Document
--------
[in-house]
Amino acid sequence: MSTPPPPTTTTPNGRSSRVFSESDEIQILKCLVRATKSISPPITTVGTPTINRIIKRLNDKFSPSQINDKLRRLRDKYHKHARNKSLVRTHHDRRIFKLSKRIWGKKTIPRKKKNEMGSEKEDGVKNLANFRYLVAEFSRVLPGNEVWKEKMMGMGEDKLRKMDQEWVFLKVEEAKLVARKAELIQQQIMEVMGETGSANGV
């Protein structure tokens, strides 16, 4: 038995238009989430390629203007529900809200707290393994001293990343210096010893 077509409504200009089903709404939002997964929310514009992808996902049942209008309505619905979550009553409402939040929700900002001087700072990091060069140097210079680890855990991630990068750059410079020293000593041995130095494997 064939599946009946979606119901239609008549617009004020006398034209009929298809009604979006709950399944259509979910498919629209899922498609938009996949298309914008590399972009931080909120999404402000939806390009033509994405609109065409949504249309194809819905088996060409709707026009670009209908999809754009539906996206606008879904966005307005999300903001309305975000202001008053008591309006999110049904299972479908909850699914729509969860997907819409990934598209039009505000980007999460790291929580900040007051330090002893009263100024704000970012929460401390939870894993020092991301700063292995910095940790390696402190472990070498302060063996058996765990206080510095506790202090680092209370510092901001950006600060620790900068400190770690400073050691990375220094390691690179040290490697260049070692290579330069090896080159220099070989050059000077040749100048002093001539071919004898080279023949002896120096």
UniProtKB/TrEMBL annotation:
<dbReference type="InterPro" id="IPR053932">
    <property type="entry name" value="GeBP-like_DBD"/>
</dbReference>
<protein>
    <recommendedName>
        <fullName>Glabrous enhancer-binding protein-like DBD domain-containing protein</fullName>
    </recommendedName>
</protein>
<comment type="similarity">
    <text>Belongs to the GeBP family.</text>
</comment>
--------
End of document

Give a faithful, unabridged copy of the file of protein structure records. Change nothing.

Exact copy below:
[in-house]
Amino acid sequence: MSTPPPPTTTTPNGRSSRVFSESDEIQILKCLVRATKSISPPITTVGTPTINRIIKRLNDKFSPSQINDKLRRLRDKYHKHARNKSLVRTHHDRRIFKLSKRIWGKKTIPRKKKNEMGSEKEDGVKNLANFRYLVAEFSRVLPGNEVWKEKMMGMGEDKLRKMDQEWVFLKVEEAKLVARKAELIQQQIMEVMGETGSANGV
């Protein structure tokens, strides 16, 4: 038995238009989430390629203007529900809200707290393994001293990343210096010893 077509409504200009089903709404939002997964929310514009992808996902049942209008309505619905979550009553409402939040929700900002001087700072990091060069140097210079680890855990991630990068750059410079020293000593041995130095494997 064939599946009946979606119901239609008549617009004020006398034209009929298809009604979006709950399944259509979910498919629209899922498609938009996949298309914008590399972009931080909120999404402000939806390009033509994405609109065409949504249309194809819905088996060409709707026009670009209908999809754009539906996206606008879904966005307005999300903001309305975000202001008053008591309006999110049904299972479908909850699914729509969860997907819409990934598209039009505000980007999460790291929580900040007051330090002893009263100024704000970012929460401390939870894993020092991301700063292995910095940790390696402190472990070498302060063996058996765990206080510095506790202090680092209370510092901001950006600060620790900068400190770690400073050691990375220094390691690179040290490697260049070692290579330069090896080159220099070989050059000077040749100048002093001539071919004898080279023949002896120096």
UniProtKB/TrEMBL annotation:
<dbReference type="InterPro" id="IPR053932">
    <property type="entry name" value="GeBP-like_DBD"/>
</dbReference>
<protein>
    <recommendedName>
        <fullName>Glabrous enhancer-binding protein-like DBD domain-containing protein</fullName>
    </recommendedName>
</protein>
<comment type="similarity">
    <text>Belongs to the GeBP family.</text>
</comment>